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Journal of Information Systems Education

Abstract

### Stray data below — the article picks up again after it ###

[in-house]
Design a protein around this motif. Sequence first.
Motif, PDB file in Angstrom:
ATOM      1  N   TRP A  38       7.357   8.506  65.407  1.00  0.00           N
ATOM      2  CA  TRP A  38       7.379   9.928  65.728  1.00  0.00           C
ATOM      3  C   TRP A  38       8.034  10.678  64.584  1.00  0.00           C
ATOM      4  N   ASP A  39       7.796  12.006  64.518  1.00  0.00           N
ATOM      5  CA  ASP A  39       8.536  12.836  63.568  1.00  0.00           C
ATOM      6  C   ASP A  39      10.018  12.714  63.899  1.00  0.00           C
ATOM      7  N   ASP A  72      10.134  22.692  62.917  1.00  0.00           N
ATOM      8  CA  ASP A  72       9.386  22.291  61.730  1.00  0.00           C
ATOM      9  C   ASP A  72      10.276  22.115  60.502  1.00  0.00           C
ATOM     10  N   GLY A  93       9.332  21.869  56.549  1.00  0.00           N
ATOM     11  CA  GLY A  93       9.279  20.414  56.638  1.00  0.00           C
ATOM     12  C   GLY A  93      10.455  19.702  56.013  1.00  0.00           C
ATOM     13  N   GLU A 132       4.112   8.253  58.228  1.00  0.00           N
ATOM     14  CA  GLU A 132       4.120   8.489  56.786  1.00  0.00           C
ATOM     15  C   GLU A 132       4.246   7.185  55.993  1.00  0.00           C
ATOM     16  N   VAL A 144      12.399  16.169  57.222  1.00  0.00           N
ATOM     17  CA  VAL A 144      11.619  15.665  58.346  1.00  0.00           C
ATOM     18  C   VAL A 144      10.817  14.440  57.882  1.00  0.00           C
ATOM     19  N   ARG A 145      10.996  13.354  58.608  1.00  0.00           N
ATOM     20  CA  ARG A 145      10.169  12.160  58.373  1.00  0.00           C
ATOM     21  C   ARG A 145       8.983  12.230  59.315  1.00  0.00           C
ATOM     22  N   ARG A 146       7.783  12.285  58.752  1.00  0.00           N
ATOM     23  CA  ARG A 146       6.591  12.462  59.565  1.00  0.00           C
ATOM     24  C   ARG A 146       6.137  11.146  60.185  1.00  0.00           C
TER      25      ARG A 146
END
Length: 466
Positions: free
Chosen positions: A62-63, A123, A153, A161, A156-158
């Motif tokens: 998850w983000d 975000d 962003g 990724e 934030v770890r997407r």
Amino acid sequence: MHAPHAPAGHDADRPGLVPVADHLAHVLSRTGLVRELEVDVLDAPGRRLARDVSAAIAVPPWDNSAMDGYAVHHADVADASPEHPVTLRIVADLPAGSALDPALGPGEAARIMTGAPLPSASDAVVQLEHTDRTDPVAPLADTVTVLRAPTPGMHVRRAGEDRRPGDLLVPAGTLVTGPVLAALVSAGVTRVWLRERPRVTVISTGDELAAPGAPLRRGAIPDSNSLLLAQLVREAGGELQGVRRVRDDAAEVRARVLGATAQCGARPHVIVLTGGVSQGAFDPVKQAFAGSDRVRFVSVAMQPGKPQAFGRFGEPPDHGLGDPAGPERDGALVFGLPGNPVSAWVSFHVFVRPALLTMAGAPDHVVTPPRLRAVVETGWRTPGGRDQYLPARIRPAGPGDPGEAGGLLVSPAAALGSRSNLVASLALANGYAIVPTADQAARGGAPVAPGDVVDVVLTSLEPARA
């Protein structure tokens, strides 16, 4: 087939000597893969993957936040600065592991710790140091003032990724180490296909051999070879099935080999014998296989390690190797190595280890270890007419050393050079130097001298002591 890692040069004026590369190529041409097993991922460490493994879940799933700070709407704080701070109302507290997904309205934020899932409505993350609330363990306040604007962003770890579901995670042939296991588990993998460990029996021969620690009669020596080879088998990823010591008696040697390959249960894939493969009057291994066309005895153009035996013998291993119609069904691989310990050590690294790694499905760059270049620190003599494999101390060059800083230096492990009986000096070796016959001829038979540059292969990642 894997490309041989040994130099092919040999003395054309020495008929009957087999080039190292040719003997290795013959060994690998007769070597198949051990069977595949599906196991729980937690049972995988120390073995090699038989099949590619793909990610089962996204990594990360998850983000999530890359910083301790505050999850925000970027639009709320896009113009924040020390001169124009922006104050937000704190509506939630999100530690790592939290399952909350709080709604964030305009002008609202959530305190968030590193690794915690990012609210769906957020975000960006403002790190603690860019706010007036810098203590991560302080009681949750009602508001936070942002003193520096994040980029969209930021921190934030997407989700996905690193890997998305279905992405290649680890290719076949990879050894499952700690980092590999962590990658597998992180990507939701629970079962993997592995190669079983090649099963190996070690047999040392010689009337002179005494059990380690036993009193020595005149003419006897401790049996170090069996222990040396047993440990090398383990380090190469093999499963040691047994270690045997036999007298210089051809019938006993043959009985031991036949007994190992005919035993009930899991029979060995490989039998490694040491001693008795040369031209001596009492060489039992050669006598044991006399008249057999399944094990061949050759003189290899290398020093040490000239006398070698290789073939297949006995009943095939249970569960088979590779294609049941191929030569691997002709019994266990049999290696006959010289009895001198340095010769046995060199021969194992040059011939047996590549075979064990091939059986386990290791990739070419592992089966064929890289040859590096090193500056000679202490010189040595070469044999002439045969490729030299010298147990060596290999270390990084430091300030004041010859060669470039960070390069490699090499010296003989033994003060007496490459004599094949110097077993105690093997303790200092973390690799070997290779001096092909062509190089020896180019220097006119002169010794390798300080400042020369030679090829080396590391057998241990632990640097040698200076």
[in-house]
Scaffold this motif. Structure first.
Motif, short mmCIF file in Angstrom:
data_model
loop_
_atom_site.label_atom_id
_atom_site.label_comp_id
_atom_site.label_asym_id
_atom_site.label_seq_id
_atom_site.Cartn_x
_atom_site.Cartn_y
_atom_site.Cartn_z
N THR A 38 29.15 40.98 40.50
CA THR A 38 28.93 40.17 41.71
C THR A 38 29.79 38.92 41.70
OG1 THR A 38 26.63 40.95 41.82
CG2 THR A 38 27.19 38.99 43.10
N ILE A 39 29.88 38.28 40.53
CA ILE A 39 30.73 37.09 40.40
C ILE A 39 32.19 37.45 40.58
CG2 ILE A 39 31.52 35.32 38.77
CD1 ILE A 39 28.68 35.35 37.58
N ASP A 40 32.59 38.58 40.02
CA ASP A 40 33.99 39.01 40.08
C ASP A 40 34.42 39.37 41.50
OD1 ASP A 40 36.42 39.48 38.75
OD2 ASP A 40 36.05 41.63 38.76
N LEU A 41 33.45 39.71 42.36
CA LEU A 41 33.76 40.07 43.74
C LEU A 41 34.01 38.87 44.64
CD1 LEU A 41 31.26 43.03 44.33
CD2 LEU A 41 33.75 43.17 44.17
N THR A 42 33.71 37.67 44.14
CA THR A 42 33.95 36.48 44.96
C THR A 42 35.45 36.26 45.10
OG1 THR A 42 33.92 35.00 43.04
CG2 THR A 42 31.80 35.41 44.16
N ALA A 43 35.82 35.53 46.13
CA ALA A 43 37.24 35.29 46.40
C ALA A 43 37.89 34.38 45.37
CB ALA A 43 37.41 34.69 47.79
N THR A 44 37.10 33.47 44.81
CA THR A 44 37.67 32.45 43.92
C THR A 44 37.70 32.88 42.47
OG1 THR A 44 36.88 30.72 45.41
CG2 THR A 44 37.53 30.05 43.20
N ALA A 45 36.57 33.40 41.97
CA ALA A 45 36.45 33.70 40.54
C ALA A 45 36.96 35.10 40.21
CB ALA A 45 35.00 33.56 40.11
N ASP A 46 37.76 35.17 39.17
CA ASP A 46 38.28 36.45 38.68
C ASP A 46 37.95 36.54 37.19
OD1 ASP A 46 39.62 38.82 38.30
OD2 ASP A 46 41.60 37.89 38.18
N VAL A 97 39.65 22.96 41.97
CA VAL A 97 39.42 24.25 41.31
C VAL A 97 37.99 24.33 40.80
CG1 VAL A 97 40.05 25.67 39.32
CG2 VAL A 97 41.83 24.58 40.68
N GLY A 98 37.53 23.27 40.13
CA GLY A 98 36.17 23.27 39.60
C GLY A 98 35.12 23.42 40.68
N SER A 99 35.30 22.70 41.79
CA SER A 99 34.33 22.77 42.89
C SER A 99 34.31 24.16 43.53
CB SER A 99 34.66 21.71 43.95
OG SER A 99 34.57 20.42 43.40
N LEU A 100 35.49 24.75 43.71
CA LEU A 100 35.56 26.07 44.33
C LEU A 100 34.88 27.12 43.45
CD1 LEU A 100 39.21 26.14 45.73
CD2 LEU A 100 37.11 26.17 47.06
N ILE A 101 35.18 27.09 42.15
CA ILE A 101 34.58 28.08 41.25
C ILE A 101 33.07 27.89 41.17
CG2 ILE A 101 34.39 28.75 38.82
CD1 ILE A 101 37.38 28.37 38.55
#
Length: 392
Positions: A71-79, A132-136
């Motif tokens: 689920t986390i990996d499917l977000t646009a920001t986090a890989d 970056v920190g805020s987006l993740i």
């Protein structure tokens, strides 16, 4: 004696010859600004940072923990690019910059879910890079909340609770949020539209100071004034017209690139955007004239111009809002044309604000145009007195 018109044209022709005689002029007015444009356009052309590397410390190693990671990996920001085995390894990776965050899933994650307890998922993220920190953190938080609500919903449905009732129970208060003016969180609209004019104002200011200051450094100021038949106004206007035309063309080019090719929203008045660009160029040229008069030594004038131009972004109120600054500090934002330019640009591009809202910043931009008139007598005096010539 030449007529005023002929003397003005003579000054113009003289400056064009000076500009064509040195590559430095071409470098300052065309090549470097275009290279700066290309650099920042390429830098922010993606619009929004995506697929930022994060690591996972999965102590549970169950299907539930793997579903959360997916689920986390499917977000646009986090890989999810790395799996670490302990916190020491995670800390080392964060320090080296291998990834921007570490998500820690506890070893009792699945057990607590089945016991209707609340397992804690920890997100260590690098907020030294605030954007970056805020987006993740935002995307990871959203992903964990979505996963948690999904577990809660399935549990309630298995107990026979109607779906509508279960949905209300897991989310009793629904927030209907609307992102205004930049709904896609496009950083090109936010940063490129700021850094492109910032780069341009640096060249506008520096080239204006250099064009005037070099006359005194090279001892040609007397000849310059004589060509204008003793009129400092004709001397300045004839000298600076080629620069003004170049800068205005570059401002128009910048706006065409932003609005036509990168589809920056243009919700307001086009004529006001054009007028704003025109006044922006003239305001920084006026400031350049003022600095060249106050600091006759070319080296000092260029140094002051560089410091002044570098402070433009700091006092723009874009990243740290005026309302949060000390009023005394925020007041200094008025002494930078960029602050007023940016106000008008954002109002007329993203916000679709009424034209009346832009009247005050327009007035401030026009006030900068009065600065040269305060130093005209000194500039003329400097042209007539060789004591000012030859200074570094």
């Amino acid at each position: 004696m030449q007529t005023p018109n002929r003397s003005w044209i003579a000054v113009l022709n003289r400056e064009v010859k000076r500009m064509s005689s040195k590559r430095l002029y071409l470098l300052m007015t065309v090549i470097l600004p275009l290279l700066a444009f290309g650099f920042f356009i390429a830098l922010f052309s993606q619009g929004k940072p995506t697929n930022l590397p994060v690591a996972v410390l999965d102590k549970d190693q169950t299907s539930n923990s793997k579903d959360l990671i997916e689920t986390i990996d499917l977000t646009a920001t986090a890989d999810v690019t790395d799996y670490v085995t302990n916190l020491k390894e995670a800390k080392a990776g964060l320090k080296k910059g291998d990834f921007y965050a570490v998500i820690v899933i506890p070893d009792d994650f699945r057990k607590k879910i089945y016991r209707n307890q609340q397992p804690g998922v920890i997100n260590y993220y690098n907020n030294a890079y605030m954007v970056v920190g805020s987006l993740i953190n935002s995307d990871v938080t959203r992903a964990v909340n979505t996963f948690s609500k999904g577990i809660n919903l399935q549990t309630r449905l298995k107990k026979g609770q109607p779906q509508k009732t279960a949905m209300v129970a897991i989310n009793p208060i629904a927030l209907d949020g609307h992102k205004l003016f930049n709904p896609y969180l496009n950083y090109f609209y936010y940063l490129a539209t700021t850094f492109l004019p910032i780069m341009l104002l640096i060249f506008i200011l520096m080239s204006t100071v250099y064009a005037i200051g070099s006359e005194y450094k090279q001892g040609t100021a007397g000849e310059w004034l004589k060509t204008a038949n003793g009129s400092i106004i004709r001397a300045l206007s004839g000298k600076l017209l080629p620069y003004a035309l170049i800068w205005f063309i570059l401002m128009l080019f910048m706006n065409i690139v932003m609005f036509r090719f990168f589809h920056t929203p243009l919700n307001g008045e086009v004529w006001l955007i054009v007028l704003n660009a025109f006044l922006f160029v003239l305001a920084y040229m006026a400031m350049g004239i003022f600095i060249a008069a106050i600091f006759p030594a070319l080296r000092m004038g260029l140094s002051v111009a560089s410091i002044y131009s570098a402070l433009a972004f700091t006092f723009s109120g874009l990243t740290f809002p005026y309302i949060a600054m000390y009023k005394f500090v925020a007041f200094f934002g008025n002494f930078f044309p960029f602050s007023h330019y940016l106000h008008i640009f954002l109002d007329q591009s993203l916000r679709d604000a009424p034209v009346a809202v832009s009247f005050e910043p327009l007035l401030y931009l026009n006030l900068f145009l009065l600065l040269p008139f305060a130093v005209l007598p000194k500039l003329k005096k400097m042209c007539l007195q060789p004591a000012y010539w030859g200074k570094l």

Technology-mediated learning refers to an environment in which the learner's interactions with learning materials, peers, and/or instructors are mediated through information technologies (Alavi and Leidner, 2001). The objective of this paper is to review current research on technology-mediated learning using a theoretical framework derived from the existing literature. The framework presents three dimensions (primary participant, instructional design, and information technology) that influence students' psychological learning processes, and eventually lead to different learning outcomes. The literature review reveals that certain relationships identified by this framework have received significant attention (e.g., the influence of a technology feature on learning outcomes), while others have been ignored (e.g., the influence of IT on psychological processes). Research questions that can help advance our understanding of technology-mediated learning are discussed.

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